Only 12 of 81 Spanish universities meet the requirements that the Government will require to be considered as such
Public, private, face-to-face or remotely, all almost equally. Most Spanish universities, whatever their type, do not comply with any of the requirements that the Government will impose on these centers to continue considering them as such. Only 12 of 81 universities evaluated (in total there are 88, but of some there is no certain data) meet all the minimums that appear in the draft Royal Decree that the Ministry of Universities is processing these days, according to a study by the Observatory of the University System of Catalonia (OSU) based on data especially from the Integrated University Information System (SIIU). Furthermore, only 18 of those same 81 universities meet the requirements currently in force, according to the Royal Decree (RD) approved by José Ignacio Wert, more lax than the current one in terms of conditions.
Universities will have to apply to comply with the new RD prepared by the Ministry directed by Manuel Castells. The submitted draft specifies that all centers must meet the minimum requirements, for which they will have five years in the case of existing campuses, whether private or public, teach face-to-face, distance or a mixture of both. The spirit of the changes that Universities plan is to avoid the proliferation of private centers of dubious quality, especially with an online teaching model, which is taking place recently, as explained by ministry sources when the decree was presented.
"There is a general non-compliance with the current requirements, which have also been in force for a long time, they are limited to five and despite that only 18 universities out of 81 analyzed comply," explains Vera Sacristán, president of the OSU and former professor of the Polytechnic University of Catalonia . And it is a non-compliance that is free, he laments: "It has had no consequences all these years."
Thus, the new legal text toughens the minimums that universities must meet. The requirements contemplated cover four major aspects of the University: the teaching offer that they must complete (at least ten official bachelor's degrees, six master's degrees and three official doctoral programs from three of the five major branches of knowledge; also have at least 50% of its students in undergraduate and double degrees and those enrolled in continuous training may not be double or more than those studying official degrees); research activity (five research projects awarded, 60% of professors with approved six-year terms among doctoral professors, dedicate at least 5% of their budget to R + D + i); research teaching staff (a ratio of one PDI for every 50 to 100 students, not to exceed 50% of temporary PDI); and a series of requirements related to the centers attached to the universities that the majority do not comply with or do not offer information in this regard. These affiliated centers are usually schools or similar entities, almost all private, that join a public one to offer their official degrees under that umbrella.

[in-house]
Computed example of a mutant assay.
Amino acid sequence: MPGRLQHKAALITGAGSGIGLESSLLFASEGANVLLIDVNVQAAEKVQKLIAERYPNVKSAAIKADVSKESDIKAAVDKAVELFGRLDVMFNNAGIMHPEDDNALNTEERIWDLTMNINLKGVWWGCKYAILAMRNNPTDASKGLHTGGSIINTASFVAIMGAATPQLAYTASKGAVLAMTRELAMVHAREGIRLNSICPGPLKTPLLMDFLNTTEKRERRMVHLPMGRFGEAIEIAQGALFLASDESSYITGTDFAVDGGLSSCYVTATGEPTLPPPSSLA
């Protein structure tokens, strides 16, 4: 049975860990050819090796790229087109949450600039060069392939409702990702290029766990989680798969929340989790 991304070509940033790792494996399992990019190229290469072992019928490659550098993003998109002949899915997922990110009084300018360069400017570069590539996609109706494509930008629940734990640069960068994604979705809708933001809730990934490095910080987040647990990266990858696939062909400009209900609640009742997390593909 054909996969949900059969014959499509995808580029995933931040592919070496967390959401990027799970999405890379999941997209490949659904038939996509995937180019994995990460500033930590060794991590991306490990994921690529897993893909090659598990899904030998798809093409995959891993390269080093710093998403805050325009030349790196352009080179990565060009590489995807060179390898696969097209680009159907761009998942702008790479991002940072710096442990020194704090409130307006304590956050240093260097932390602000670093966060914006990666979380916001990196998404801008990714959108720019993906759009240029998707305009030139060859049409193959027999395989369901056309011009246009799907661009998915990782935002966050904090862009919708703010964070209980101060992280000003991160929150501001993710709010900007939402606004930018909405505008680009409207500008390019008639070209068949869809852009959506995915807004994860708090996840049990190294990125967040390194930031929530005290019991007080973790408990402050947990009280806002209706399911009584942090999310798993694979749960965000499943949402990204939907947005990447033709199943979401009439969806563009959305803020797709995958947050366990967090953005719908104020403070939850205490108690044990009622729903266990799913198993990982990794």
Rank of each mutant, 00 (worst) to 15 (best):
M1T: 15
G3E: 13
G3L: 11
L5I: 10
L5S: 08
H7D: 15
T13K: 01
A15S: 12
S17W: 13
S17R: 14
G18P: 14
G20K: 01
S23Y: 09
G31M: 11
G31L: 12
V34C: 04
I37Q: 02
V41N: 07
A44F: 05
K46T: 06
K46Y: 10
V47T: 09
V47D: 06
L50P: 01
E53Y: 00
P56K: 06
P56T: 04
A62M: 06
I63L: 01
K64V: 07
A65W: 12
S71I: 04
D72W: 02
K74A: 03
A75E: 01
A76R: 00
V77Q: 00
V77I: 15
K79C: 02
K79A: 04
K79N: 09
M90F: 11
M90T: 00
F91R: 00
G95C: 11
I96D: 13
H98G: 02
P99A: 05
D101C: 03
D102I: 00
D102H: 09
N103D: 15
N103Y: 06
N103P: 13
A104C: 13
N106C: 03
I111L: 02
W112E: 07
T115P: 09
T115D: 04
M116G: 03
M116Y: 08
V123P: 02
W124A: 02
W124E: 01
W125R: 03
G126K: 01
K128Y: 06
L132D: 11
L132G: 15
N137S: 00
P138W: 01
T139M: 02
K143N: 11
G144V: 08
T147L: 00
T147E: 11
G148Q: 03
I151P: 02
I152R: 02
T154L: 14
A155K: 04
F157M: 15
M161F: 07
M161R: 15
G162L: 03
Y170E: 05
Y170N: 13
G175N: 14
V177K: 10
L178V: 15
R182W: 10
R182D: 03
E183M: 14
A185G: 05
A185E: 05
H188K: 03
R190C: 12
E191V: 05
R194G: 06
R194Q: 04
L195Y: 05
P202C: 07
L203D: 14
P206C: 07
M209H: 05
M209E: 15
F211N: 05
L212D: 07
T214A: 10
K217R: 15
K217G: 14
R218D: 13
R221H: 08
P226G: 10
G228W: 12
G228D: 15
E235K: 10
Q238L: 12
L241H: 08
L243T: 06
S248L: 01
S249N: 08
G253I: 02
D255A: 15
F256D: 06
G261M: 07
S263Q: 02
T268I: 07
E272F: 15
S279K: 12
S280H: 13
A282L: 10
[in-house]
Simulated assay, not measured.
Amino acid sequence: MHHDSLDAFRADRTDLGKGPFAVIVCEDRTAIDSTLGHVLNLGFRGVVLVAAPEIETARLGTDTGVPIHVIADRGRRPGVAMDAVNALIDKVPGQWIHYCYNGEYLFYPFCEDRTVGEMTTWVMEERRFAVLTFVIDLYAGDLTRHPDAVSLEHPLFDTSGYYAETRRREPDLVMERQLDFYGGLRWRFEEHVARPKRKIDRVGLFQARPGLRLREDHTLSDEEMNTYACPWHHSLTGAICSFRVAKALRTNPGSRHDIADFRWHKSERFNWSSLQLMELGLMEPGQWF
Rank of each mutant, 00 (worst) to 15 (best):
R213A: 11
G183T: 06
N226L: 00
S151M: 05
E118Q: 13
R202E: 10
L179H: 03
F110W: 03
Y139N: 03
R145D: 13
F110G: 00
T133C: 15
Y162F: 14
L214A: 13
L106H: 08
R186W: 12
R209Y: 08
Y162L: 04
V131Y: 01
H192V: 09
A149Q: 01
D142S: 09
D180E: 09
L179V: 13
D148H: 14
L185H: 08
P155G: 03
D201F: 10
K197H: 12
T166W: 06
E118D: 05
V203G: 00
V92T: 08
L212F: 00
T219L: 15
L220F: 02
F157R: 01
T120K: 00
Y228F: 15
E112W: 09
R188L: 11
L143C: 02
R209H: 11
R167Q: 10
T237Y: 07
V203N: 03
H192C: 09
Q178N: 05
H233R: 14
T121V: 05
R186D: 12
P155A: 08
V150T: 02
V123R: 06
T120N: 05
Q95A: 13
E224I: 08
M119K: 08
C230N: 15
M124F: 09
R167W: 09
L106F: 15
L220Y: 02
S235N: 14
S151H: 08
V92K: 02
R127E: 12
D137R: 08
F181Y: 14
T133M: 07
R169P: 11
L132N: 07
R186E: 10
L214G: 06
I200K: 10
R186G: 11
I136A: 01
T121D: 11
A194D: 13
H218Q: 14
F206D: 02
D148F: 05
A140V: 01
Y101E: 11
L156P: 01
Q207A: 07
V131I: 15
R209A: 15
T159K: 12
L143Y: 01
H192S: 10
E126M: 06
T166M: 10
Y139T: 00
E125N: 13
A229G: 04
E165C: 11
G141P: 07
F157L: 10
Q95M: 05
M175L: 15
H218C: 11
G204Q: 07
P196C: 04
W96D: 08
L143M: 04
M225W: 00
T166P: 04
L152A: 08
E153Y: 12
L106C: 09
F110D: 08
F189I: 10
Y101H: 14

Currently, according to the OSU and only taking into account only its own centers, not those attached, only the universities of A Coruña, Almería, Córdoba, Extremadura, Granada, Jaén, La Laguna, León, Oviedo, Politécnica de Cartagena, Politécnica de Madrid , Politécnica de Valencia, Santiago de Compostela, Seville, Vigo, Deusto, Loyola de Andalucía and Pontificia de Salamanca (these last three private) are within the law. When the nine RD is approved, those of A Coruña, Extremadura, Jaén, Deusto, Loyola de Andalucía and the Pontificia de Salamanca will fall from that list for different reasons (see graphs).
Not a Catalan and only a Madrilenian meet
The degree of non-compliance, both present and future, varies greatly between Universities and even between regions, explains the OSU. Although all the minimums established by the Government are just as mandatory, there are centers that will comply with a small modification and others that have it practically impossible. Among the former we can mention the Universities of Alcalá or Alicante, which only need to slightly lower their percentage of temporary PDI; Among the latter, the Universidad del Atlántico Medio, in the Canary Islands, does not meet one of the 11 requirements that the Government will demand (and some, such as the offer of doctorates, require several years to be implemented) or Fernando Pessoa-Canarias, which does meet one of the student requirements.
The situation also varies greatly depending on the filter with which Universities are viewed. At the autonomous community level, for example, not a single one of the 12 Catalan universities (seven public, five private) meets all the currently required requirements, always according to data from the OSU. Madrid follows, where only one of the 14 (the Polytechnic, public) arrives. At the other extreme, five of the ten Andalusian universities (one private and one public) are doing well.
The OSU explains that public universities fail mainly in the requirements related to PDI templates (33 out of 48 public ones fail here), while they exceed the research requirements (only 10 do not arrive). The private ones do have problems with research (only one of the 33 studied meets the three requirements that can be verified from public data, explains the Observatory), which also affects doctorates and the percentage of professors with six-year terms, its weakest point, and the PDI templates (nine comply), while they have their strong point in the teaching offer (and even so, more than half, 17 out of 33, fall short).